Midnight Motel (Rounder)
Reviewed by Doug Freeman, Fri., July 15, 2016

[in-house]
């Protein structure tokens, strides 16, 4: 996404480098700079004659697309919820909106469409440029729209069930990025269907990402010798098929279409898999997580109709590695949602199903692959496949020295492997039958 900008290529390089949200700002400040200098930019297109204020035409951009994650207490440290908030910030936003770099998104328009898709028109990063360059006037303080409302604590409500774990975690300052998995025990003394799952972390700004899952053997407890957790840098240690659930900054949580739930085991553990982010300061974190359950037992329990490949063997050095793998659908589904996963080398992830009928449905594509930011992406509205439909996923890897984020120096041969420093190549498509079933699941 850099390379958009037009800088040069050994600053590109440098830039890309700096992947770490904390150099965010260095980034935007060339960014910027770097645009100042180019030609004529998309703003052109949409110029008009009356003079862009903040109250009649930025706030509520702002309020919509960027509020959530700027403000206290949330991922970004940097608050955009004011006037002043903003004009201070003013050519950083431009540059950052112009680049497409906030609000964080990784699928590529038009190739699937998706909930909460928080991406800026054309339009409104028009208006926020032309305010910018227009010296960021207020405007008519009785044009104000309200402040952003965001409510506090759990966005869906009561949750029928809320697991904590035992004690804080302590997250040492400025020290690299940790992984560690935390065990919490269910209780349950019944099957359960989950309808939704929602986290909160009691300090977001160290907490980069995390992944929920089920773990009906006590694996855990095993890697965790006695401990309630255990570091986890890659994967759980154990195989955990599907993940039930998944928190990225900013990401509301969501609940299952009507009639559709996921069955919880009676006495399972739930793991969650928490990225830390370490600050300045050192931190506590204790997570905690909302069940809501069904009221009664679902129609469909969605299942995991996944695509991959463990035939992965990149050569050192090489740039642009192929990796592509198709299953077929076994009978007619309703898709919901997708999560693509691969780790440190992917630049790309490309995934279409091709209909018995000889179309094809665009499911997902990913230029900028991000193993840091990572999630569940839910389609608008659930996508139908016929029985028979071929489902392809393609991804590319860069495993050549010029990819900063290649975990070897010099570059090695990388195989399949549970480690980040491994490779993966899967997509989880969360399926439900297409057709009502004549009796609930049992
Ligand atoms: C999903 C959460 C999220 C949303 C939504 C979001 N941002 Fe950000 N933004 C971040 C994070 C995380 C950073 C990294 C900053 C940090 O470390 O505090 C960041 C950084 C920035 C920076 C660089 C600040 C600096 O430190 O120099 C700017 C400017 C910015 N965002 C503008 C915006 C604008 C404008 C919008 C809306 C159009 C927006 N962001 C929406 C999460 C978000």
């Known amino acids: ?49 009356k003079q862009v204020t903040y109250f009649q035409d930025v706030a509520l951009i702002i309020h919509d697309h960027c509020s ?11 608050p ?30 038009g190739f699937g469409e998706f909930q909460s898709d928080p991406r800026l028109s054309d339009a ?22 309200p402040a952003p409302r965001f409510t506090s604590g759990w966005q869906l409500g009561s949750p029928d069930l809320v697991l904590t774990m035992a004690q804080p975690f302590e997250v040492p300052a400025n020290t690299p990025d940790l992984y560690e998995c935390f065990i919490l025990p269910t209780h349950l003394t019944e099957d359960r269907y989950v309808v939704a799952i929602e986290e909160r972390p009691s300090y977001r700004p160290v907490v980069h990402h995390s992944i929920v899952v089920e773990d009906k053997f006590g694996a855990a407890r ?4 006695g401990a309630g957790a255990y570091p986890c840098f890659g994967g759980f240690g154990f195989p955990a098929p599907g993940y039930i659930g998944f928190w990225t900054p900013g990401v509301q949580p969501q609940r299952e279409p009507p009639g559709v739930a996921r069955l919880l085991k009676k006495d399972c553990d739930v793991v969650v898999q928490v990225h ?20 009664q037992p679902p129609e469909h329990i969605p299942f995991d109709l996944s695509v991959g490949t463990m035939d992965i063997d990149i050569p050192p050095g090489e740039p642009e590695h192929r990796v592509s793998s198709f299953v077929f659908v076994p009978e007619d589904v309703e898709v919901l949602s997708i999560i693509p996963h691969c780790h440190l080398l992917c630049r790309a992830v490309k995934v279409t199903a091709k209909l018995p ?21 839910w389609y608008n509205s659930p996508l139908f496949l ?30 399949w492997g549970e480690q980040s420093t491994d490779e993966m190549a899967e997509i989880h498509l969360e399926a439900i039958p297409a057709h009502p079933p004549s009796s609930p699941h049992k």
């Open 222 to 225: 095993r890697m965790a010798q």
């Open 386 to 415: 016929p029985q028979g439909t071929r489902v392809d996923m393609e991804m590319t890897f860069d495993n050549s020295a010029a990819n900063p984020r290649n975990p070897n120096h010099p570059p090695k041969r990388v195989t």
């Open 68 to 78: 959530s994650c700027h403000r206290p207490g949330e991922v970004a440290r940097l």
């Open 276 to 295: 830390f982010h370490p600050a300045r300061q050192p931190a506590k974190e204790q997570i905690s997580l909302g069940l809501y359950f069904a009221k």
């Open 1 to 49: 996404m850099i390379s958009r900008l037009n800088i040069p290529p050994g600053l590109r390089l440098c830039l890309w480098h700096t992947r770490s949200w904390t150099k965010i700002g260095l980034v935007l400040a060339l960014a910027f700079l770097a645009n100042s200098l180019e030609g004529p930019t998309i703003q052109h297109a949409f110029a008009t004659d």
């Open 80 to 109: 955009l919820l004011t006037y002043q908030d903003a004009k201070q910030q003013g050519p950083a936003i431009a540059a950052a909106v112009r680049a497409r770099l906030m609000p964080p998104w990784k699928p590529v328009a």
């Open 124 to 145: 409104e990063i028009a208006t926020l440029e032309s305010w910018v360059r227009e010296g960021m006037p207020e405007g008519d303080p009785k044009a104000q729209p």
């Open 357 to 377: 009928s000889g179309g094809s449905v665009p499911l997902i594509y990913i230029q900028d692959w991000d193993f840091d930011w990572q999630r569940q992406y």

Jack Ingram sat poised to make the leap into mainstream success after capturing the prestigious Academy of Country Music Award for "Best New Male Vocalist" in 2008, followed up the next year by Big Dreams & High Hopes. Then momentum waned. What's remarkable about Midnight Motel, the Houston native's eighth studio LP and first in seven years, isn't only some of his best songwriting, but a stripped-down, casual recording that feels like a late-night ramble complete with between-song banter and stories. It's a bold reset, one perfectly tuned to the raw emotional impact of these road ballads. Opening trifecta "Old Motel," "It's Always Gonna Rain," and "I Feel Like Drinking Tonight" turns the Austinite's lyrical brilliance over easy acoustic melodies, while "Blaine's Ferris Wheel" unwinds a Texas tall tale worthy of Guy Clark. The aphoristic "Nothing to Fix" and "What's a Boy to Do" act as polished lead-ins to the equally laconic back half of the album, both still mostly subdued and a far cry from Ingram's trademark "Barefoot and Crazy" Texas country anthems. Throughout, his voice settles in warm, familiar, aged. "Trying" likewise roils slow-burning maturity, while "I'm Drinking Through It" bites bitter, and "All Over Again" sweetly lulls into the closing acoustic reprise of "Old Motel." Like Hayes Carll and Pat Green's latest efforts, Ingram realizes more power in pulling back, suggesting Texas songwriting taking a welcome turn toward a more lyrical and emotional focus.